Type is Art...
more specifically... performing art.
It is a rich history, one of typographical masters who have developed
the art of characters for textual communication. In its past, typeface useage
and design has been the result of enormous attention to the aesthetic principle.
Type was designed for specific purposes on demand... by artisans with limited
resources... and virtually no recognition. Type was the result of careful
planning and attention to character width as well as consistancy. This craftsmanship,
while expensive, was required by the current technology to produce acceptable
results. The key word here being acceptable results.
Printed material has always been very expensive. This is due to the nature
of the process that required thousands of man-hours to produce a result.
Prior to movable type, this was even more the case with acually having to
hand-scribe each and every character. The amount of man hours to create
a copy of a document were immense. Looking at the art and the individuality
of these documents, we can begin to appreciate the impact of the press,
and what it has done to our industry.
Well, now we are through the threshold of the digital age. Everything
we see printed in today's world has been generated on a computer. This has
served a multitude of purposes, but one or two in particular concern me.
The art and attention to detail that typesetting required in past
technology was just part of what it took to put out a document. With the
constantly evolving tools from Gutenberg himself to Aldus Manutius, and
more recently Sumner Stone, the machines may have changed but the art was
effectively maintained from each level of technology... until the computer.
Any questions or comments please e-mail email@example.com.
All of a sudden... people think its o.k. to look at a bunch of dots that
barely look like a character, and that is good enough. Because it was done
on a computer. Cool! (not really)
All of a sudden, everybody can publish. The resources are not so consuming,
and anybody who has anything to say can do so fairly simply. It is now extremely
important to strive to maintain the principles that the typographic masters
outlined. Technology is not the limiting factor here... the expertise of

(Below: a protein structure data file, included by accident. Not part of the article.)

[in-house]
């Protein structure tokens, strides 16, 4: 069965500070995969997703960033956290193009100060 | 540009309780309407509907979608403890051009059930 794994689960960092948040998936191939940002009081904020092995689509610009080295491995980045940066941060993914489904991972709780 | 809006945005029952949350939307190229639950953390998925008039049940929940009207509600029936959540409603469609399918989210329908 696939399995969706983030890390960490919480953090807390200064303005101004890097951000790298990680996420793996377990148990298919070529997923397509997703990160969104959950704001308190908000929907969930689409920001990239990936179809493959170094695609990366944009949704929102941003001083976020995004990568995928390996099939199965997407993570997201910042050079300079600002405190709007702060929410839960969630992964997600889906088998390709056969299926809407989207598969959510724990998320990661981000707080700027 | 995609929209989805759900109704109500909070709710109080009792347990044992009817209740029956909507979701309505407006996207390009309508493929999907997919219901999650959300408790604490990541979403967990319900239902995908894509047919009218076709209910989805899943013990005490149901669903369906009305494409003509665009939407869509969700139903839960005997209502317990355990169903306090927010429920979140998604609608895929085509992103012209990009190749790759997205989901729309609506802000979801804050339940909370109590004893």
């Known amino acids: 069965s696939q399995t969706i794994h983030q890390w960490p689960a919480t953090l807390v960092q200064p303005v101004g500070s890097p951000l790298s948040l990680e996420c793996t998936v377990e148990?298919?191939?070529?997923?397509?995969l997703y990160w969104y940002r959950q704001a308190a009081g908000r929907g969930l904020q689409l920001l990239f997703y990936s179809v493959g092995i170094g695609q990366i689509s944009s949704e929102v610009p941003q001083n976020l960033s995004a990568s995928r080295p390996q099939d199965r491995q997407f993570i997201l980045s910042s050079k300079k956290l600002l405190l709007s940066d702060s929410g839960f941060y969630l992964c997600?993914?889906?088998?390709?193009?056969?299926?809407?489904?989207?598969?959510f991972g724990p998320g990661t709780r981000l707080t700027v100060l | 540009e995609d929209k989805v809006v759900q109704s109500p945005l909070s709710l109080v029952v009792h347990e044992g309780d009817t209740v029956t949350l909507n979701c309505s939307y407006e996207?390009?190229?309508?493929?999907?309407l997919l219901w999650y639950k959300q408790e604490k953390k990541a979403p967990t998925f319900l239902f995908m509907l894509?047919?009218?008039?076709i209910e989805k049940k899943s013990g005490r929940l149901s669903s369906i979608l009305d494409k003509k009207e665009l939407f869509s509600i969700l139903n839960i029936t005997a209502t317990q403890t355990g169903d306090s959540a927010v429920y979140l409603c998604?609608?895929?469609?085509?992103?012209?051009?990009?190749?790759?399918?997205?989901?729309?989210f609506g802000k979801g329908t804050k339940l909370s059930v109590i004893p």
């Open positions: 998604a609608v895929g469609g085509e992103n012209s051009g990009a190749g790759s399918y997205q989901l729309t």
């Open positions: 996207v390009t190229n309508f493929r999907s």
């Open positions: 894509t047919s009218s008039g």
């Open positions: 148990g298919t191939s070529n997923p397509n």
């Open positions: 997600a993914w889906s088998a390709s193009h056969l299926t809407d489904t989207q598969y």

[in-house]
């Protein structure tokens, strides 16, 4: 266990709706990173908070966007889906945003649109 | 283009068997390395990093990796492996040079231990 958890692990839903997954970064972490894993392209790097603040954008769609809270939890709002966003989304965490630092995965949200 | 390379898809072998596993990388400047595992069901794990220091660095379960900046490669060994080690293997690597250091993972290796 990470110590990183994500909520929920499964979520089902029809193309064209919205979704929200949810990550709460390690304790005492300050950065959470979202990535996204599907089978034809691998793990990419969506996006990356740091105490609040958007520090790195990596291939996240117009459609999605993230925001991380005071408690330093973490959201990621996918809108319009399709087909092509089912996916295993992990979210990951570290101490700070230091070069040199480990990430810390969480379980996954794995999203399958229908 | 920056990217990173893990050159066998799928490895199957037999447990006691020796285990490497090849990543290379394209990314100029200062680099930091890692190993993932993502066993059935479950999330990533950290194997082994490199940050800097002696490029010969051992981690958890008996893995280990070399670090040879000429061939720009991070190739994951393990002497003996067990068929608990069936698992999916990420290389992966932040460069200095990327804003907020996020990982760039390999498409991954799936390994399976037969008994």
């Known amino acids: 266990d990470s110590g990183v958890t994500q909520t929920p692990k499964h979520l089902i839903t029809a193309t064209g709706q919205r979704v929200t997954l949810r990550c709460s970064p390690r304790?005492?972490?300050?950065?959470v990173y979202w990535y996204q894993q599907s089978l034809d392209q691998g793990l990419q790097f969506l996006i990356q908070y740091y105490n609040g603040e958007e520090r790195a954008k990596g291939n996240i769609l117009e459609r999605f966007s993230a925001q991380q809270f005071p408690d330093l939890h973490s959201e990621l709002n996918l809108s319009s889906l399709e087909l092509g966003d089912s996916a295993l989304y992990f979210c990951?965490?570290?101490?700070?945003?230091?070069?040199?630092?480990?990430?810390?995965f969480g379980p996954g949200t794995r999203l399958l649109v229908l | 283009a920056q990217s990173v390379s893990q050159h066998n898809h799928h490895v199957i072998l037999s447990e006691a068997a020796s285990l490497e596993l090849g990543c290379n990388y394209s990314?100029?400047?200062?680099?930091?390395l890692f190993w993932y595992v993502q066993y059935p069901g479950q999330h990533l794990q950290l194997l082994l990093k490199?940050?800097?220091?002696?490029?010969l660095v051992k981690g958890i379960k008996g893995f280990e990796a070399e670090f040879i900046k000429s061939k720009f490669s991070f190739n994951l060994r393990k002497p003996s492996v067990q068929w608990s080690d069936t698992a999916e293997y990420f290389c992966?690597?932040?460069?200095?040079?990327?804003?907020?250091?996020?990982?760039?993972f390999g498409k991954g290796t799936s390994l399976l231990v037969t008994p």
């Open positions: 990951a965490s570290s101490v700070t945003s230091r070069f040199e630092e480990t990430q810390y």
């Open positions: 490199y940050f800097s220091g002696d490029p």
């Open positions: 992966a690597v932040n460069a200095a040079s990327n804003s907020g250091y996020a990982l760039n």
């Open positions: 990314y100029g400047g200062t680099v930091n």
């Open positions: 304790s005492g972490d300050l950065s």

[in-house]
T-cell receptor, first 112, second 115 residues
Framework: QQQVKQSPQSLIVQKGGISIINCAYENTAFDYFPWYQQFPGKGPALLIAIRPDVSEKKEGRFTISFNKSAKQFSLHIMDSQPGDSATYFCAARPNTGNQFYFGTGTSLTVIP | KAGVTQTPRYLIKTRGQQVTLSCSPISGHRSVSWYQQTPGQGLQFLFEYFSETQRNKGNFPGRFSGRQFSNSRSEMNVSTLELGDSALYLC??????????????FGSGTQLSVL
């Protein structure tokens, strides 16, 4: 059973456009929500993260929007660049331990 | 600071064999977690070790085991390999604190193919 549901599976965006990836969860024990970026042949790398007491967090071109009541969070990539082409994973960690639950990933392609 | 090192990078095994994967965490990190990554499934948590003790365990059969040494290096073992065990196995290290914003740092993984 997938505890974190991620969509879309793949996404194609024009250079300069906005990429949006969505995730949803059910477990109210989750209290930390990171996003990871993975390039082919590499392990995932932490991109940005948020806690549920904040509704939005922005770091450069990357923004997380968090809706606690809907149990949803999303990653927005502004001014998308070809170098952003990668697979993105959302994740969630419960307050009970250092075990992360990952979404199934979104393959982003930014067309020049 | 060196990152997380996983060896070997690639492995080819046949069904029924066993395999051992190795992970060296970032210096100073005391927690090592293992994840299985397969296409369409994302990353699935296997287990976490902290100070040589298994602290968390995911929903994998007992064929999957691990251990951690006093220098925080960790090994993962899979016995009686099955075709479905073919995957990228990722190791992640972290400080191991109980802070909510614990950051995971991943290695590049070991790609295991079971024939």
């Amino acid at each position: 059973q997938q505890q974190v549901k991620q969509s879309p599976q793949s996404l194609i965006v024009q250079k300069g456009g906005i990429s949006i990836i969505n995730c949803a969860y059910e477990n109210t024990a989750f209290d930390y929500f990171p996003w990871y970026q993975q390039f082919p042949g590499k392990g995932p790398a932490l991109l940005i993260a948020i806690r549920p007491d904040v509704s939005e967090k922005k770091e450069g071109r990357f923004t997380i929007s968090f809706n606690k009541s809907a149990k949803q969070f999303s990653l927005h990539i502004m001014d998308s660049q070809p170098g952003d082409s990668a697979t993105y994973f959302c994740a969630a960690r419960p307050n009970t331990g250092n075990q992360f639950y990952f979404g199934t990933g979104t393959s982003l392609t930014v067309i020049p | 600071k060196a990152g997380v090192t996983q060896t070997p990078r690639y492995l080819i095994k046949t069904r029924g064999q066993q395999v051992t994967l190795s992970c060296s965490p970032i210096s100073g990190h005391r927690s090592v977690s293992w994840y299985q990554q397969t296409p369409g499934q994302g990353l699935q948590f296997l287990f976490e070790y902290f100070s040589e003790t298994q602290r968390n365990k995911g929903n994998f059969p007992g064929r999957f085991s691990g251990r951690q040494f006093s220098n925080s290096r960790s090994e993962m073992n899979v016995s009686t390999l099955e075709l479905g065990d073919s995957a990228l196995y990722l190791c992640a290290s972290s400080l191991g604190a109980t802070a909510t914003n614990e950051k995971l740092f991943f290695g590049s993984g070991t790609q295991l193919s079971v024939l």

the publisher however is.
The computer should mimic life... not vice versa.
It is not o.k. to accept less than best quality with new technology.
It is because of this that I am most excited about the PDF technology from
Adobe Systems. This technology holds the potential to maintain the high-quality
typographic subtleties that we have become accustomed to, but to also provide
electronic document flexibility.
You use the internet (or you would not be reading this) and are probably
used to the look and feel of many of the web pages out here. Aesthetic principles
have been tossed to the wind in favor of the limitation of the standard
ASCII set, for the sake of platform invisibility. Now the PDF file format
allows the same cross-platform seamless approach, with the added advantage
of using PostScript typefaces and extended character sets. Now... electronic
publishing on the internet does not have to be relegated to ASCII... There
is going to be no technical reason why one would not be able to browse the
contents of the internet in PDF format.
So, before all of you folks get heavily involved with the creation of Web
material (everybody seems to be doing it lately)... please keep in mind
all of the efforts that our forebears provided for us to use... and let's
try to do them the justice they so richly deserve. Learn how to use ligatures,
em-dashes, and kerning pairs. and take a look at the possibilities of PDF.
I am excited.
Thanks for the time... and enjoy the PubWire
(Clicking any of the small images will download a high-resolution JPEG file)
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